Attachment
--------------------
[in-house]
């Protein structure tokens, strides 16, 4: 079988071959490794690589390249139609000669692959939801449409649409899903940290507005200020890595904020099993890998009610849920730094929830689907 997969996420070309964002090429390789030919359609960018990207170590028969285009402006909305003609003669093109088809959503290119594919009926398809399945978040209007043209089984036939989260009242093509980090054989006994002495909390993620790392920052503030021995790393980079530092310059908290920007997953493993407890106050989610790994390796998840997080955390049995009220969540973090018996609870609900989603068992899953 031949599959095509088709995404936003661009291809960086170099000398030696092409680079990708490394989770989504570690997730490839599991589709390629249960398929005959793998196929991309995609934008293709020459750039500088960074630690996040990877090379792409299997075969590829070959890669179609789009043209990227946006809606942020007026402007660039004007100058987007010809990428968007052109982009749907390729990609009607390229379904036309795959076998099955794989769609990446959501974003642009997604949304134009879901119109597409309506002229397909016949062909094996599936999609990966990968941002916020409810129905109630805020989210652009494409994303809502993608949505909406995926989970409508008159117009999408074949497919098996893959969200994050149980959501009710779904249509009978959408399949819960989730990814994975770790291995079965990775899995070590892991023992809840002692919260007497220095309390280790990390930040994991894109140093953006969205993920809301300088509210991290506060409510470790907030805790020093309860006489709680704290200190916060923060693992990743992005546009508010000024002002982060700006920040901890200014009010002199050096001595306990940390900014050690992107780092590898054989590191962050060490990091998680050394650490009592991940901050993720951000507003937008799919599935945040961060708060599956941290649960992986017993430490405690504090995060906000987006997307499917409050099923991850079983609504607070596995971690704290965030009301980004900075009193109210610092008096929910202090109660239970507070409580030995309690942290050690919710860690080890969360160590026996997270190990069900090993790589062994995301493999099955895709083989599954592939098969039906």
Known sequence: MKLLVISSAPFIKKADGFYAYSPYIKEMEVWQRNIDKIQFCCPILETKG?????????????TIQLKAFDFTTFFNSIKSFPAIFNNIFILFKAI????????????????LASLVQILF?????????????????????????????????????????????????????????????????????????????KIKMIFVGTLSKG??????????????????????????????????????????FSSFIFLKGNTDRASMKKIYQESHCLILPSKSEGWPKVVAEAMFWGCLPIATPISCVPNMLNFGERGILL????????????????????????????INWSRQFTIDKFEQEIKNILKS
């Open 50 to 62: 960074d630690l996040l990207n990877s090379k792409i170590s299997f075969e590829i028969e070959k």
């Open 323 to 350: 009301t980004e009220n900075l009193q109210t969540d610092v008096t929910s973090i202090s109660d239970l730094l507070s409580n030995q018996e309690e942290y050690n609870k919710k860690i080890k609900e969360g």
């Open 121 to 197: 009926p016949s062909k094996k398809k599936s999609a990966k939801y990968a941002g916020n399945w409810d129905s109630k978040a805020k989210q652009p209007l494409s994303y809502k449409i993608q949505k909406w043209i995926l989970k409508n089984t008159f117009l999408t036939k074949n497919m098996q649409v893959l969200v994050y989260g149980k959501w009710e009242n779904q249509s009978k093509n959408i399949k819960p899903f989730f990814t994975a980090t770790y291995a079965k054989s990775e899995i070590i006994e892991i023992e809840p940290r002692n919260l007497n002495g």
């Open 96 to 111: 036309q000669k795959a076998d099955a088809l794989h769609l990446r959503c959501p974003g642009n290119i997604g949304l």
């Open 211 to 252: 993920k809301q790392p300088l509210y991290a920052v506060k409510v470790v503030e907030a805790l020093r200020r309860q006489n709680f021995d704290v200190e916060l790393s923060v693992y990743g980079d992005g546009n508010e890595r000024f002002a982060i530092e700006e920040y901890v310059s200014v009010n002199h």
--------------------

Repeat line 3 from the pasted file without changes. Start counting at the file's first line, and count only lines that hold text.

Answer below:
Known sequence: MKLLVISSAPFIKKADGFYAYSPYIKEMEVWQRNIDKIQFCCPILETKG?????????????TIQLKAFDFTTFFNSIKSFPAIFNNIFILFKAI????????????????LASLVQILF?????????????????????????????????????????????????????????????????????????????KIKMIFVGTLSKG??????????????????????????????????????????FSSFIFLKGNTDRASMKKIYQESHCLILPSKSEGWPKVVAEAMFWGCLPIATPISCVPNMLNFGERGILL????????????????????????????INWSRQFTIDKFEQEIKNILKS